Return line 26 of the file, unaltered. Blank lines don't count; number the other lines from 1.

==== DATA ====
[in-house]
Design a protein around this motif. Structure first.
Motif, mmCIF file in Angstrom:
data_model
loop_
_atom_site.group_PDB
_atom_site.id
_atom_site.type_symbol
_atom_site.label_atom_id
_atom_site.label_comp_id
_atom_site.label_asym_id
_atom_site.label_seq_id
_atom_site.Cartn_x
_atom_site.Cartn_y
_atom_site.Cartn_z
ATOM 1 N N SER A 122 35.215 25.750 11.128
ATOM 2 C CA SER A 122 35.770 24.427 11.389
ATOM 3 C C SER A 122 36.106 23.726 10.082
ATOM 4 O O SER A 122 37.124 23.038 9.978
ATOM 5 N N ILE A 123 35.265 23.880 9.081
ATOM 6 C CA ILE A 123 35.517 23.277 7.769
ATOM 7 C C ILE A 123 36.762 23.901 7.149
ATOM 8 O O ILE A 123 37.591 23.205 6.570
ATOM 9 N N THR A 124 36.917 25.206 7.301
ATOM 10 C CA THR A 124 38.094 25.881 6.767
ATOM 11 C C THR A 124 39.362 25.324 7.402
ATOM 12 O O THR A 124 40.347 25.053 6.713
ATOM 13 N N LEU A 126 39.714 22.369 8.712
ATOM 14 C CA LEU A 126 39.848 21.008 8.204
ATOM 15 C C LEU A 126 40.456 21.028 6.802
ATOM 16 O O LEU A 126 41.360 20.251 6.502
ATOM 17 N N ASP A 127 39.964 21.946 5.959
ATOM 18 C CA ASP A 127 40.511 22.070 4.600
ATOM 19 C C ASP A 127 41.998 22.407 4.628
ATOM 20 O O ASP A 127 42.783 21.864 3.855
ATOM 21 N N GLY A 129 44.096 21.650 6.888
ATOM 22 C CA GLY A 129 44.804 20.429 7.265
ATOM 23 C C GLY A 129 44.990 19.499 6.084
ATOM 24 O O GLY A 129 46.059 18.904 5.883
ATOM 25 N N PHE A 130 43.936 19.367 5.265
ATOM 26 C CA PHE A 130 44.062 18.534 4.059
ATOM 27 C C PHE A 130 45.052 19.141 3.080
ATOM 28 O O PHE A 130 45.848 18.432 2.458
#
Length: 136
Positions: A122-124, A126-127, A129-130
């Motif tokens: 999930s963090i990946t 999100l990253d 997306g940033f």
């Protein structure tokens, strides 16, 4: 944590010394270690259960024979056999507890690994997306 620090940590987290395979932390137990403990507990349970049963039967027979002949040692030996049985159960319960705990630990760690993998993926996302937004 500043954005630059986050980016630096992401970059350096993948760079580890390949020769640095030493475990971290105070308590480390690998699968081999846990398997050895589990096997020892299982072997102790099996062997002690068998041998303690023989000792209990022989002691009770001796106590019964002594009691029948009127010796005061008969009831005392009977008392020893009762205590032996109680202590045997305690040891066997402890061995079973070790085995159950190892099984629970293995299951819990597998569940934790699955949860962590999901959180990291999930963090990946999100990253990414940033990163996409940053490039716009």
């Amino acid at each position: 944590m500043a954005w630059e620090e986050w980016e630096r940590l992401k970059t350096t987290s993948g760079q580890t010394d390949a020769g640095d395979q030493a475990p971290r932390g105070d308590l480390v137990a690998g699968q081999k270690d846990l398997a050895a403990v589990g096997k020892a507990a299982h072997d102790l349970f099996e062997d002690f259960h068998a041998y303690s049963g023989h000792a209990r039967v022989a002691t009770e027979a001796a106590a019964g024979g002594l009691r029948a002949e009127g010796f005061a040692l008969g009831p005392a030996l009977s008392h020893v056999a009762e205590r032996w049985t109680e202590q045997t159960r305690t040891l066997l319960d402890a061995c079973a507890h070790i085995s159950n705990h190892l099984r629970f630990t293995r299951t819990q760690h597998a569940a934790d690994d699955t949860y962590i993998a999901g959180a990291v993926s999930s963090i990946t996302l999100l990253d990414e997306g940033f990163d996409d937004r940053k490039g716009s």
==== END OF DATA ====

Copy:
ATOM 11 C C THR A 124 39.362 25.324 7.402